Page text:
I discovered Tanya Runyan recently though an online reading group I’m involved with on Facebook. I really liked this poem, and a bunch of others, in her collection, Simple Weight.
Blessed Are You When Others Revile You
We knew Preacher Man had it all wrong,
the 6; 4″ senior who pinned kids to their lockers
with the Four Spiritual Laws,
popped his head into classrooms
to proclaim “all have fallen short
of the glory of God,” and waved his Bible
as teachers dragged him to the principals’s
office, pages riffling like the hems
of Moses in the desert.
We knew he had lost the point
of sharing the Gospel through the simple
testimony of a life well-lived:
turning down sex and weed,
spotting spare dollars in the lunch room.
He makes us look so lame,
we groaned in youth group.
He’s working against our cause.
But when one afternoon
a freshman stuck his foot out
and Preacher Man slammed to the floor,
only to scramble after the retreating boy
and pull him into a hug, I knew
I had it all wrong, because he became
Jesus in the hallway of my school,
and I could never forgive him.
(corrected hiccup that occurred in my Kindle reader – Thanks Tgflux!)
Demeter in Paris by Meghan O’Rourke
You can only miss someone when they are present to you.
The Isle of the Dead is both dark and light.
Henry Miller told Anaïs Nin that the only real death is being dead
The absent will only be absent when they are forgotten.
Until then, absence is a lie, an oxymoron.
Therefore it is entirely unclear what absence means, or consists of.
Sometimes I want to be famous once more, and then I think about
I value my solitude. But I fear I am dead while alive.
Forgetting is a kind of blessing: It would [ ].
To avoid living, worry about all you’ve forgotten.
Then worry about what you will forget.
I have lived long enough to want to do it over.
When I miss my daughter, it’s as a kind of idea. Then she comes to
in her corduroy red parka, hair sticking out,
smiling at the geese, eating her shoelaces,
pointing, crying, More!
When I saw the movie, in the dark center of winter, I thought:
The son wasn’t trying to say goodbye to his dying father. He was
trying to say forever.
Alone so much, I think about the people whose stories I learn in
Often I think of the grandmother of one of Picasso’s lovers. Her
did not understand why she went so often to the graves of her
children and husband.
Just wait, her grandmother said. You will see.
No, what she said is there comes a time when, past your moment,
you live for external things: the sky, a piece of grass, a smell.
A painting, I would say. A painting where the colors are everything.
Copyright © 2013 by Meghan O’Rourke. Used with permission of the author.
During the recent heatwave, my daughter and I had a movie marathon day. It started with Harry Potter and the Deathly Hollows, Part II, followed by The Boy in the Striped Pajamas. I had started the morning catching the tail half of Gasland 2. Needless to say, most of the morning was spent crying – first at reailty, then at fiction, and then at fictionalized reality. Life was unfair, cruel and unjust. WHEW. Downer. (Let’s not even get started on analyzing WHY my 12 year old daughter wanted to watch The Boy in the Striped Pajamas – that was her request!)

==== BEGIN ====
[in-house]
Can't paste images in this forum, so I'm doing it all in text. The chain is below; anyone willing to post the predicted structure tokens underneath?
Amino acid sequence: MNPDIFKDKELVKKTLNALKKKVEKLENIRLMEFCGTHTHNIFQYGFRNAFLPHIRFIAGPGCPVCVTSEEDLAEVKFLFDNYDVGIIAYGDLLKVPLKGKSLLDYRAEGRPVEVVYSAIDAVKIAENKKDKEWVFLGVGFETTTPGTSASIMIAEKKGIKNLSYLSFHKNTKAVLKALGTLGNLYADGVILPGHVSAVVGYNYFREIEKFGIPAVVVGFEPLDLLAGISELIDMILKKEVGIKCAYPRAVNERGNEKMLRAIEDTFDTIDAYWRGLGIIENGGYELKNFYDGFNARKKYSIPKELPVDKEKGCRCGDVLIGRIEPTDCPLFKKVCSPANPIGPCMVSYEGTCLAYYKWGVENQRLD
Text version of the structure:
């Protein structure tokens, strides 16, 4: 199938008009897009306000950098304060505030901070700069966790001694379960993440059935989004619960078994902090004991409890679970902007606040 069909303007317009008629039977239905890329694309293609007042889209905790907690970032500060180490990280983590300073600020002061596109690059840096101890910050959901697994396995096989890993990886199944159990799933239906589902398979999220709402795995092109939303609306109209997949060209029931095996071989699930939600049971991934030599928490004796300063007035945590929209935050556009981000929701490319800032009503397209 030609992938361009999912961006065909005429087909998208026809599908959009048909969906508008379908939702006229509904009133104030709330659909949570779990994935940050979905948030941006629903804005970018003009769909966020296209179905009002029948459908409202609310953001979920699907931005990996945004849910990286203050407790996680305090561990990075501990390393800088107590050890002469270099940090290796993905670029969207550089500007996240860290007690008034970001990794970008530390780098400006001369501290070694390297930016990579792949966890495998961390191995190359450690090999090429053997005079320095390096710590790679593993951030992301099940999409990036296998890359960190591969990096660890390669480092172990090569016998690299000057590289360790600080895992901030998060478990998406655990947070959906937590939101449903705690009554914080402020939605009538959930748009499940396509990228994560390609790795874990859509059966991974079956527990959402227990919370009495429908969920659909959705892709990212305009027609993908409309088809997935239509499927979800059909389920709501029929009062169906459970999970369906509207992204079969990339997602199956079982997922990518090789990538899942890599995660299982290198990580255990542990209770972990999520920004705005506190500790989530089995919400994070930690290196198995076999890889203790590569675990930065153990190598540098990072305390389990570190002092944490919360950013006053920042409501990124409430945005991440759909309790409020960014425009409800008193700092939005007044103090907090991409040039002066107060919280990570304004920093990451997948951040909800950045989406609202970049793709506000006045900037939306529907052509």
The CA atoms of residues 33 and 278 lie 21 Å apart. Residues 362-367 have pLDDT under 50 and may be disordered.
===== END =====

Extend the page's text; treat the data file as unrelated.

Needless to say, we needed something light and refreshing after that heavy load of human funk we’d wallowed in – allowing the oppressiveness of the outside heat to seep into our air-conditioned souls. Enter Ruby Sparks.
My good friend stumbled upon this movie and LOVED it, so on her recommendation we decided to wind down our day of sad with this flick. It’s a romantic comedy about a neurotic self-involved young author (Paul Dano, of Little Miss Sunshine) who isn’t able to meet the right girl. His therapist encourages him to “write about” his perfect mate, which he tries. And sunddenly, odd things start to happen. Random lady products appear in his bathroom, a red sexy bra appears, a loney red wedge. He tells his therapist that he’s having so much fun writing about this girl, that he thinks he’s falling in love with her. His therapist (Elliot Gould) asks, so what, and Calvin (Dano), replies, “Because she’s not real! She’s a product of my FUCKING IMAGINATION”). He says he can’t wait to write, because it’s like he can’t wait to see her again, so he goes home and writes a scene where a fully fleshed out Ruby (Zoe Kazan) tells Calvin he’s really not her type – she usually likes guys who are “strong” (and Calvin isn’t). She recounts a past boy friend who told her she wasn’t funny, but fun, since she got his jakes, and that didn’t sit right with her. Then she says, “I guess I’ve just been waiting for you”. And they jump into a pool with their clothes on, and she tells Calvin she’ll love him forever.
Calvin awakes to the ringing of a phone. He’s fallen asleep over his typewriter. As he runs downstairs to run out the door for a meeting with his agent, a FULLY REALIZED Ruby, steps out of his kitchen and offers to cook him breakfast. Calvin assumes the worst, and figures he’s totally lost his mind. But nope, he eventually finds others can see her – that he’s created this woman from his own mind. More poignancy and hillarity ensues from this point, as Calvin realizes his writing controls Ruby and as Ruby becomes a person, with her own needs and wishes.
We enjoyed the film. It was written by Kazan, who is Dano’s girlfriend in real life. It was charming and funny, without being overly saccharine or trite. My daughter’s response to the movie tickled me. After the first 20 minutes, she jumped up and ran over to get some paper to start writing. I loved seeing how the film totally stoked her own creativity. Good fun. If you haven’t seen it, give it a whirl. Annette Bening plays their mom, and Antonio Banderas has a wonderful role as Bennning’s kooky, furniture building, chainsaw wielding lover.